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super bowl

Your Guide to CBS’s Super Bowl Sunday, the TV Day That Never Ends

Everyone loves to whimsically counter-program Super Bowl Sunday, whether it's the Puppy Bowl or the Lingerie Bowl or the Random Event That You Would Think Had No Association With Football Whatsoever Bowl. We've always been fascinated, though, by the network itself that's showing the game. Obviously, they've spent millions and millions and millions for the rights, so they have to get their money's worth. But for a game that starts at 6:28, programming on CBS begins at noon. Are there humans who actually sit and stare at CBS for six-and-a-half hours waiting for the game?

There must be, right? We thought we'd take a look at what a theoretical viewer, feet plopped on coffee table, would be in for if their television were locked on CBS for nine ... full ... hours. Take a trip with us, won't you?

Noon
The day begins with The Road to the Super Bowl, one of those NFL Films programs that will, without question, be the most entertaining show all day for football fans, being as it about actual football. We remain convinced that Steve Sabol could make curling look epic and gladiatorial. Enjoy this: It's the last time anyone will talk about anything involving pigskin, unless it's some sort of side dish that Rachael Ray is wrapping bacon and sprouts in.

1 p.m.
Years ago, John Madden invented his All-Madden team, which was theoretically a way to honor the "slobber knockers in the trenches" (a term we're pretty sure Madden copyrighted), but was pretty much just a normal old all-star team. Now that Madden is gone, others have tried to pick up the mantle, thus this Phil Simms' All-Iron Team program. It's not quite the same, though, when a fair-haired pretty boy quarterback picks a team of supposed Tough Guys: We're pretty sure Phil Simms has never slobbered or frothed in a rage. By the way, those thinking Tim Tebow's anti-abortion ad is out of the mainstream should check out the old Simms and the 1989 Giants' pro-life ad dug up by Dan Levy at Sportingnews.com. One assumes Simms will leave this out of All-Iron Team–related programming.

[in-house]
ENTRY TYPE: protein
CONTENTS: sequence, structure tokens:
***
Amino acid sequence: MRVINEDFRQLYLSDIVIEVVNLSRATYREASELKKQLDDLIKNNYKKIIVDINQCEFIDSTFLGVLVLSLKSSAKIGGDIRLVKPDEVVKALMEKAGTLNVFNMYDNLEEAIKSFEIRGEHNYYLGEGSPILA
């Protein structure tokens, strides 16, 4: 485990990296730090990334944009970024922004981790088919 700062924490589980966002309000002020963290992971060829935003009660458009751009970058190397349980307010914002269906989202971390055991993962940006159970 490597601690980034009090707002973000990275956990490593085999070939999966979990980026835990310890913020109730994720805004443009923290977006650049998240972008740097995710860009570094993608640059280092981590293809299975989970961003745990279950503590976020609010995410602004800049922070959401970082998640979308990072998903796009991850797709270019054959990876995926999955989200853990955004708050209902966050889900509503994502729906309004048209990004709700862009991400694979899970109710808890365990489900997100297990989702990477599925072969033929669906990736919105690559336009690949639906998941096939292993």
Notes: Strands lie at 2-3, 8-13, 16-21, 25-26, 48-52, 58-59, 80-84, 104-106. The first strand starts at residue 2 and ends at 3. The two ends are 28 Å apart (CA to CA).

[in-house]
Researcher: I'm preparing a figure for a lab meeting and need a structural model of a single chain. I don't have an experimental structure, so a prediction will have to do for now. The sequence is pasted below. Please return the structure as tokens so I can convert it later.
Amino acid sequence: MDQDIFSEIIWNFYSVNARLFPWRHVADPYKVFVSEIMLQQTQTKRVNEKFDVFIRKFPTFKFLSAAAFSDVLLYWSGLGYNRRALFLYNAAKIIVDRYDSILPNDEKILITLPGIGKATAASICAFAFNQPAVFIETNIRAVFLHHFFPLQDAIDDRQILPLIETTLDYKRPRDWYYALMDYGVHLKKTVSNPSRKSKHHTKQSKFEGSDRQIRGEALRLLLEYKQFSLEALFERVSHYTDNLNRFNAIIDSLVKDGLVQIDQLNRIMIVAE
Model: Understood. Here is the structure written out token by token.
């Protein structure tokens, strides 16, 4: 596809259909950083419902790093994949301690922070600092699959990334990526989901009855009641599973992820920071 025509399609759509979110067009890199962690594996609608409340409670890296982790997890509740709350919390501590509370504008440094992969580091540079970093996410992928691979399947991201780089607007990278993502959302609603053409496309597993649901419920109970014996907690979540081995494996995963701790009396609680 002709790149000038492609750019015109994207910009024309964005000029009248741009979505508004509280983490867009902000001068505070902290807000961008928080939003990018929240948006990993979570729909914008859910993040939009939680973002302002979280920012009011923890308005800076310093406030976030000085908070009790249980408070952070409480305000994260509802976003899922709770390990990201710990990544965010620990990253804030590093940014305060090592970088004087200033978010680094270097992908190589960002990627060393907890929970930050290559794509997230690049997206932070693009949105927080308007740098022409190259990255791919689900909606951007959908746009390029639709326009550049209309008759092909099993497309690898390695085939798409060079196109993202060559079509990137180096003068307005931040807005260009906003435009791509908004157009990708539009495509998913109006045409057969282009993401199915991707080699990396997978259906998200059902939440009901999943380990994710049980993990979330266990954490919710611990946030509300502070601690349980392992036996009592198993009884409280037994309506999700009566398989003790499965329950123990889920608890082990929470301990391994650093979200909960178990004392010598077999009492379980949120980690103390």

2 p.m.
The actual CBS pregame show begins, with the legendary team of Simms, James Brown, Dan Marino, Bill Cowher, Boomer Esiason ... and Katie Couric. ("So, Peyton, when it comes to establishing your worldview, I was curious: What newspapers and magazines did you regularly read before you were tapped for this game to stay informed and to understand the world?") CBS has found a new revenue source for the Super Bowl: Each hour of the pregame has a different sponsor. This 2–3 block is brought to you by Ritz. We assume that means the cracker, not the hotel.

3 p.m.
Your sponsor is Doritos, at least until 3:30, when Monster.com takes over until 4 p.m. (We wonder: Will there be a set change? Will a representative of Monster.com show up on set to tag in?) This hour should include Cowher's jailhouse interview with Plaxico Burress followed by — and we're not kidding here — live performances by Daughtry and Steve Winwood. Not together.

4 p.m.
This hour, Couric will do a live interview with President Obama, who will make jokes about the Chicago Bears and surely toss a shout-out to Pizza Hut, the hour's sponsor. Couric will then also host a short version of the CBS Evening News, which will concern mostly Drew Brees, Haiti, and the $10 limited-time only deep-pan Meat Lover's special. Then Andy Rooney will talk about socks. Not just his socks, specifically, but how his socks relate to all socks, in general.

5 p.m.
This is when CBS will begin to acknowledge a real, live football game that will be starting somewhat soon. Dan Marino and Lesley Visser have the thankless job of taking the Colts' angle, chatting with Peyton Manning and Dwight Freeney. Then CBS gets to the meaty stuff: New Orleans! How has New Orleans recovered from Hurricane Katrina? CBS Sports knows! James Brown and Shannon Sharpe will take the opportunity to get their Anderson Cooper on, sponsored by Callaway for the first half and Vizio for the second.

6 p.m.
The game will start, at some point. But not until the Food Network's Guy Fieri prepares the "perfect tailgate food" and Steve Winwood pops back in again.

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Photo: CBS Sports